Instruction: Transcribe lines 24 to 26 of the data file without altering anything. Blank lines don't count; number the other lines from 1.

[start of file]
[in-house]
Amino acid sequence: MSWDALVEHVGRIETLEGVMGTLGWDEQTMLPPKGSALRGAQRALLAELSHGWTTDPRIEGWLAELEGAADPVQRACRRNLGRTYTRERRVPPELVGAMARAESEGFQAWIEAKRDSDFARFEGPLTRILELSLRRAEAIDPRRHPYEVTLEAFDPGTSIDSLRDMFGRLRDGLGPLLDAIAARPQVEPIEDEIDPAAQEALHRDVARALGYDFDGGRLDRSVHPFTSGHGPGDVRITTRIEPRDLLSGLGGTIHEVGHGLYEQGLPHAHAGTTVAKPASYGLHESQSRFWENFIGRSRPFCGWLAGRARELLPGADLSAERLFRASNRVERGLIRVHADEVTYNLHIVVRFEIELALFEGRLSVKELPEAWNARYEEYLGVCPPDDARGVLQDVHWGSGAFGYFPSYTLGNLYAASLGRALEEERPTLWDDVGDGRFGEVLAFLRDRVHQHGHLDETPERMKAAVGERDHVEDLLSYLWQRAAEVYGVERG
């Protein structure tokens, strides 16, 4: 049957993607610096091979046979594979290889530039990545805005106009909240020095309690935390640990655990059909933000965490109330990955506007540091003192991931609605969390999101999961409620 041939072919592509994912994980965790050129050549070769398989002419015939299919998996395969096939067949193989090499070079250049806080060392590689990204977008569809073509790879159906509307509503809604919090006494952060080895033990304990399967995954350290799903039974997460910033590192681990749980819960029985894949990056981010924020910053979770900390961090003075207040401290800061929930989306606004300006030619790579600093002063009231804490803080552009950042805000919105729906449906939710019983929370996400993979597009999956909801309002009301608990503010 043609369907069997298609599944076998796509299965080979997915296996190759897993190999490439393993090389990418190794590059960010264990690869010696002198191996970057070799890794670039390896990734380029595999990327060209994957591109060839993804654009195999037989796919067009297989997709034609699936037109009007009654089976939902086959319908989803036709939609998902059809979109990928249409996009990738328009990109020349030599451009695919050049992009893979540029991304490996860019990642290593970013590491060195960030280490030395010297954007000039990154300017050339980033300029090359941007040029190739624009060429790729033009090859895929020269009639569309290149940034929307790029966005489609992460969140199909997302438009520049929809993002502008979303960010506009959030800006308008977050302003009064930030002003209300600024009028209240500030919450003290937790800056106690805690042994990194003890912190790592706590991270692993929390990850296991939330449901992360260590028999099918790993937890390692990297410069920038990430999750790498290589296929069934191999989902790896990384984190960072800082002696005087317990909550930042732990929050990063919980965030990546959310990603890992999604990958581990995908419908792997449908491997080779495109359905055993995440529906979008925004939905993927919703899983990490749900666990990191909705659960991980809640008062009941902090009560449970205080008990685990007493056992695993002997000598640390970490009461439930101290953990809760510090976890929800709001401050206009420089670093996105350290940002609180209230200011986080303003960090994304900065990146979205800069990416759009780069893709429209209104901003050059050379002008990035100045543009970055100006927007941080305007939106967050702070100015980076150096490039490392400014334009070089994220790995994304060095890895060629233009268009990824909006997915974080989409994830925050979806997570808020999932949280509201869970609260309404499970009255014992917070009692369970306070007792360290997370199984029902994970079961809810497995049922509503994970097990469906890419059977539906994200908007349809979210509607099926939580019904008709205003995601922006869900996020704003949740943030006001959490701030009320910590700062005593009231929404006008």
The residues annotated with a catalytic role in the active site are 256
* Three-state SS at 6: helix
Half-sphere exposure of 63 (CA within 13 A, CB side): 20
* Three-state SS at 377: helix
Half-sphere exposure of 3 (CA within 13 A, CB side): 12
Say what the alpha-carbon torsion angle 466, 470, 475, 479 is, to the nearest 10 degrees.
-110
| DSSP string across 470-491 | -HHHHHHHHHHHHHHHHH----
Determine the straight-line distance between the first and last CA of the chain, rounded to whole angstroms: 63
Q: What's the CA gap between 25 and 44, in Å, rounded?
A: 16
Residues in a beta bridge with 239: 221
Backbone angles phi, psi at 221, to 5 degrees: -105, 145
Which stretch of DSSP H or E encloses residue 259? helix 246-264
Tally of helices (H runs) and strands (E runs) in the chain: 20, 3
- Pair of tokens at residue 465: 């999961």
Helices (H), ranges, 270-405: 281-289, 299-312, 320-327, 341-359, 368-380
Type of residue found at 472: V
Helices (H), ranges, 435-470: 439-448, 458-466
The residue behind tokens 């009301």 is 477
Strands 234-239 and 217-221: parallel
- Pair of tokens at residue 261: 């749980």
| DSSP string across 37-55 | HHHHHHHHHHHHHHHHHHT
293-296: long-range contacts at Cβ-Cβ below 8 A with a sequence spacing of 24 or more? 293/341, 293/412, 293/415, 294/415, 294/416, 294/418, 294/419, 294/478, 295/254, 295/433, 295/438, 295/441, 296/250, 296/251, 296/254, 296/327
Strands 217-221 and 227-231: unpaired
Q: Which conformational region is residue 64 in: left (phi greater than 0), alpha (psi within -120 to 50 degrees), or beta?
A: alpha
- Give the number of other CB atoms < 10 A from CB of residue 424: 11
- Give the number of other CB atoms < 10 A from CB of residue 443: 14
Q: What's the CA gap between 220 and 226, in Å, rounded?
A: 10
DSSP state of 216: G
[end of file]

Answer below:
Strands 234-239 and 217-221: parallel
- Pair of tokens at residue 261: 């749980």
| DSSP string across 37-55 | HHHHHHHHHHHHHHHHHHT